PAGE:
DeMISTIfying Infosec: Malware | SC Media

DeMISTIfying Infosec: Malware

December 8, 2015
By Katherine Teitler

Incident Response Planning

Incident response is the process of reacting to a real or potential data breach or theft. Incident response can be viewed as a set of specific and detailed policies and procedures that are planned in advance, practiced, and deployable when a security incident occurs.

The first "in the wild" (occurring outside of a laboratory environment) virus, Elk Cloner, dates back to 1982. Elk Cloner was written by a 15 year old high school student and infected Apple II computers through an inserted floppy disk when the computer was booted. After the computer was booted for the 50th time with the infected disk a message would appear:

Elk Cloner: The program with a personality
        It will get on all your disks
           It will infiltrate your chips
               Yes it's Cloner!
        It will stick to you like glue
           It will modify ram too
               Send in the Cloner!

The virus was intended as a joke.

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The first PC-based malware was Brain, discovered in 1986. Brain was written by two brothers, Basit and Amjad Farooq Alvi. Brian was a boot sector virus for the DOS operating system that spread when the infected floppy was inserted. The brothers reportedly created the virus to stop people from pirating software they'd created. Infamously, though, the brothers included their names, addresses, and phone numbers in the virus's message, and they soon received many angry calls from people insisting the brothers remove the infection from their computers.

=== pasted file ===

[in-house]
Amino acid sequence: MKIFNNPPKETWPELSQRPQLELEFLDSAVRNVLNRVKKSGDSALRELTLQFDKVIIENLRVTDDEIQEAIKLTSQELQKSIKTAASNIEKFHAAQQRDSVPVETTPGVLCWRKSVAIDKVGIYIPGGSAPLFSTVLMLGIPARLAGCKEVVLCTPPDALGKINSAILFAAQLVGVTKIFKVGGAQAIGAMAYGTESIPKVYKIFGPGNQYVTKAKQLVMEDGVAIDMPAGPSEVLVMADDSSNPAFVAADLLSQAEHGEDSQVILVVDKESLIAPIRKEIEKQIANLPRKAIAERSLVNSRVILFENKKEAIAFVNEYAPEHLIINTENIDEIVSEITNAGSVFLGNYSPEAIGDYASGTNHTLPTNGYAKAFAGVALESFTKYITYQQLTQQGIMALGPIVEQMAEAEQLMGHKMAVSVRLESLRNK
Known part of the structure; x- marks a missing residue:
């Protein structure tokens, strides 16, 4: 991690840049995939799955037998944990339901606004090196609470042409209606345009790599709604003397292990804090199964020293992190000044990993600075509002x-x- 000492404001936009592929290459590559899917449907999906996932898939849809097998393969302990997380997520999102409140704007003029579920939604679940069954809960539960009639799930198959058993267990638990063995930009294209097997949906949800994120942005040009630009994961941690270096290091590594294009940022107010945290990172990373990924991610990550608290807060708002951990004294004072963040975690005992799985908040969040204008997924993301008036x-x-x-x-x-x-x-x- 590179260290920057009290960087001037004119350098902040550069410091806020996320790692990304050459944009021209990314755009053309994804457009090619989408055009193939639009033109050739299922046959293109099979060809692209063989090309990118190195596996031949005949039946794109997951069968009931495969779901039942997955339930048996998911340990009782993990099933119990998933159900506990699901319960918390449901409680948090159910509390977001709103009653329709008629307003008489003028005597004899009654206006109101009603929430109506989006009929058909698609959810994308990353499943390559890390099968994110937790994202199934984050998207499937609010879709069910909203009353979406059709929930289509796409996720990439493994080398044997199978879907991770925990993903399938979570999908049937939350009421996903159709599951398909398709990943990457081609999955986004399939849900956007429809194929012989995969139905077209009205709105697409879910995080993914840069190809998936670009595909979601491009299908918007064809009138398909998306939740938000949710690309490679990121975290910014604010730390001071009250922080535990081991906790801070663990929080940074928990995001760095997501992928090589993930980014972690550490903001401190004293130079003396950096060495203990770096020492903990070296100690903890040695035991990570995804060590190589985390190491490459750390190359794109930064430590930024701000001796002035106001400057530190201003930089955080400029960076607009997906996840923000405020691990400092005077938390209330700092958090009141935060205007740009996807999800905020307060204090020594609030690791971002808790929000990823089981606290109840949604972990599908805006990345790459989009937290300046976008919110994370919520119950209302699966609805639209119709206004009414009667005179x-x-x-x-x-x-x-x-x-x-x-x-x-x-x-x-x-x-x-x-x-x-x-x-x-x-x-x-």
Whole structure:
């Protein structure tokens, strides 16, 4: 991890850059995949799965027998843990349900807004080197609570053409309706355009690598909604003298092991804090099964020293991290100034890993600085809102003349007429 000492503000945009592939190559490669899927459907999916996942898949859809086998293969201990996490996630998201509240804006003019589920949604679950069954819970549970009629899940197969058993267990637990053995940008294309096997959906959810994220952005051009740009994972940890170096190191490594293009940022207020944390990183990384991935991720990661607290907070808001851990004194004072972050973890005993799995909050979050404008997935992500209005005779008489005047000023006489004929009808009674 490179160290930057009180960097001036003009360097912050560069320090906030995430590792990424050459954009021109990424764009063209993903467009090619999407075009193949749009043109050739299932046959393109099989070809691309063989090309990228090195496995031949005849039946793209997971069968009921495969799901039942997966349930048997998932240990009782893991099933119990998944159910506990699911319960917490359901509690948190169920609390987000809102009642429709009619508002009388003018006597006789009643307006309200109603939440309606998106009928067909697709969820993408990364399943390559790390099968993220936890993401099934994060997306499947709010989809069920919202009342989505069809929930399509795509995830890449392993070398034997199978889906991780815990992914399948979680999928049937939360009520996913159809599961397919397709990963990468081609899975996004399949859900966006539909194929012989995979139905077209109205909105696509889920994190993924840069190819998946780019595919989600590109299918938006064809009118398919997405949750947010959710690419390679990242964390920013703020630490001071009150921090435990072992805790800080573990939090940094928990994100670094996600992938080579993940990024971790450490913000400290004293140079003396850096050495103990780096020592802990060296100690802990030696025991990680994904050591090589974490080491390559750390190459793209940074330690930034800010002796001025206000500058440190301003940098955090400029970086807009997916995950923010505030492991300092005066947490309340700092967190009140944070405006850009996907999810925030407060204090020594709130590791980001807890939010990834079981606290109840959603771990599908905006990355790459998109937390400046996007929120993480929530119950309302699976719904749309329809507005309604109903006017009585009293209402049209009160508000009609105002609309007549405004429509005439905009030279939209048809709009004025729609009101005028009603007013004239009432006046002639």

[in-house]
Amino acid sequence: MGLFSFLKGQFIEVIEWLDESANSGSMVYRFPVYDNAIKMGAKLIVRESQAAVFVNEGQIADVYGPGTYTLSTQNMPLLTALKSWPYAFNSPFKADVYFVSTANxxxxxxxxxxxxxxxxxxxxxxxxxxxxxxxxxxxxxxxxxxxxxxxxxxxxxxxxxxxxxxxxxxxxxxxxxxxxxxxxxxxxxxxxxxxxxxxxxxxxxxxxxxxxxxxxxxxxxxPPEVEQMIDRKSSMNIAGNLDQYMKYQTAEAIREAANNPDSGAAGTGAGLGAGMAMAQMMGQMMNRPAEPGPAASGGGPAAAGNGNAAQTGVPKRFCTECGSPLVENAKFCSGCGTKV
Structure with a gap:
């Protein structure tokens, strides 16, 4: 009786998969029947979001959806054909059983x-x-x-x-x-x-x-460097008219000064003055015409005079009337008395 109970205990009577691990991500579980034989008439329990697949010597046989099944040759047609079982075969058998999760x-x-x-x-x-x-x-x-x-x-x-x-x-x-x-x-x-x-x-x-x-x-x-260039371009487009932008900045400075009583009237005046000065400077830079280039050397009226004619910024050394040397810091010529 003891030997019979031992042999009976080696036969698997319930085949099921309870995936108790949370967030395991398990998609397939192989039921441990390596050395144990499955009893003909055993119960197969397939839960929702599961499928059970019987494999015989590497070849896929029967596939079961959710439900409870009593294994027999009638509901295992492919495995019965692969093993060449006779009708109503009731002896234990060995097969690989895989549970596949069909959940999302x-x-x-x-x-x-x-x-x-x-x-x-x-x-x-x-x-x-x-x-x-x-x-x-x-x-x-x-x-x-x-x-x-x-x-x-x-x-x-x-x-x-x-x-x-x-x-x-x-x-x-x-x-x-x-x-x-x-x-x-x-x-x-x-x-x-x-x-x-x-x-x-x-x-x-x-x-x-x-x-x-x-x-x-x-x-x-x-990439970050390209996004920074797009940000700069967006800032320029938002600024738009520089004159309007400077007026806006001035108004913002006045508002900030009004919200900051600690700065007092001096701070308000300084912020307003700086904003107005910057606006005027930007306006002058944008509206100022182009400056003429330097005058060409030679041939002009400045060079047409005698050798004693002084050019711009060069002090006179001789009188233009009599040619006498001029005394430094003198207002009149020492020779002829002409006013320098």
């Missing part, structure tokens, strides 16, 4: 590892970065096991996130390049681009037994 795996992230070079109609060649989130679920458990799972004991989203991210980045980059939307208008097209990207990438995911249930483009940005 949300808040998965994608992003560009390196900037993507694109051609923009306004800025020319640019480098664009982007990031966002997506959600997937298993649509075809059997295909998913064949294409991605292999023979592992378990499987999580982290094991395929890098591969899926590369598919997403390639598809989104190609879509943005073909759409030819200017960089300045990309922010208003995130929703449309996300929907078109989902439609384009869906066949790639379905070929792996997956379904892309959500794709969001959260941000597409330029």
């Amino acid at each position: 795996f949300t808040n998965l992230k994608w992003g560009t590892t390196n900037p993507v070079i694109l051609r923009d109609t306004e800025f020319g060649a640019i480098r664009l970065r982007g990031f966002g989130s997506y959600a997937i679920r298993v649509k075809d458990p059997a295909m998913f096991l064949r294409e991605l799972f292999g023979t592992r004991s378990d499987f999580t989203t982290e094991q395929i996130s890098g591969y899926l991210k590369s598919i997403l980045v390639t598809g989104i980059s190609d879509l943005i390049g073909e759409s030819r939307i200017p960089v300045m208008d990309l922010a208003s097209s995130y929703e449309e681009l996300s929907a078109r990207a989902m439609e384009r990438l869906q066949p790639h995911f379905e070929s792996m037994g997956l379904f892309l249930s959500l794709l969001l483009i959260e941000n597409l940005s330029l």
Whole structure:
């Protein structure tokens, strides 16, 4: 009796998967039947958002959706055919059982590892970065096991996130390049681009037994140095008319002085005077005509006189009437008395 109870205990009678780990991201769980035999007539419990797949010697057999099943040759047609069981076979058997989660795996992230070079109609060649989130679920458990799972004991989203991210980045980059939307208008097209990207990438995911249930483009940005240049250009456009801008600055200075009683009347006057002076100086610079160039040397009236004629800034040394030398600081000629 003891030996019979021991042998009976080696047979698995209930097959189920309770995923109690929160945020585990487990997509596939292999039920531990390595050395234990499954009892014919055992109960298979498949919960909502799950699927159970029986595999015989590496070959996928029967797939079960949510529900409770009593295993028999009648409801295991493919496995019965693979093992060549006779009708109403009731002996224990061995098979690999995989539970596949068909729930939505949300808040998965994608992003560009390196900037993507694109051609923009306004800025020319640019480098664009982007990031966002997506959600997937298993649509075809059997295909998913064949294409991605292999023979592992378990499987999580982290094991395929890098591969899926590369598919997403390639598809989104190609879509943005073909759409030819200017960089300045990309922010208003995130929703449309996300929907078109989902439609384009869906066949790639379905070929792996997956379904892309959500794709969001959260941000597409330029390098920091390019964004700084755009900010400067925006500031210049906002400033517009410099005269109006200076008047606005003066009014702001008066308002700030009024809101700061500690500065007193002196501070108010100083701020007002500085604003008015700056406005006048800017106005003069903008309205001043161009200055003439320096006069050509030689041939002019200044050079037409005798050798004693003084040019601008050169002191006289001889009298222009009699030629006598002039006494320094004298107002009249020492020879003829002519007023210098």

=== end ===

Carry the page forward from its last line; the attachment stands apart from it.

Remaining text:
Today, malware is a lucrative criminal enterprise and it has been reported that there are thousands of malware samples in the wild at any given time. Malware exploits security defects or vulnerabilities—including human vulnerabilities like the urge to click on links or download PDFs—with the intent of stealing, destroying or corrupting data; accessing unauthorized files; gaining administrative privileges; spreading to other computers or networks; monitoring Web browsing; displaying unwanted ads; and much more.

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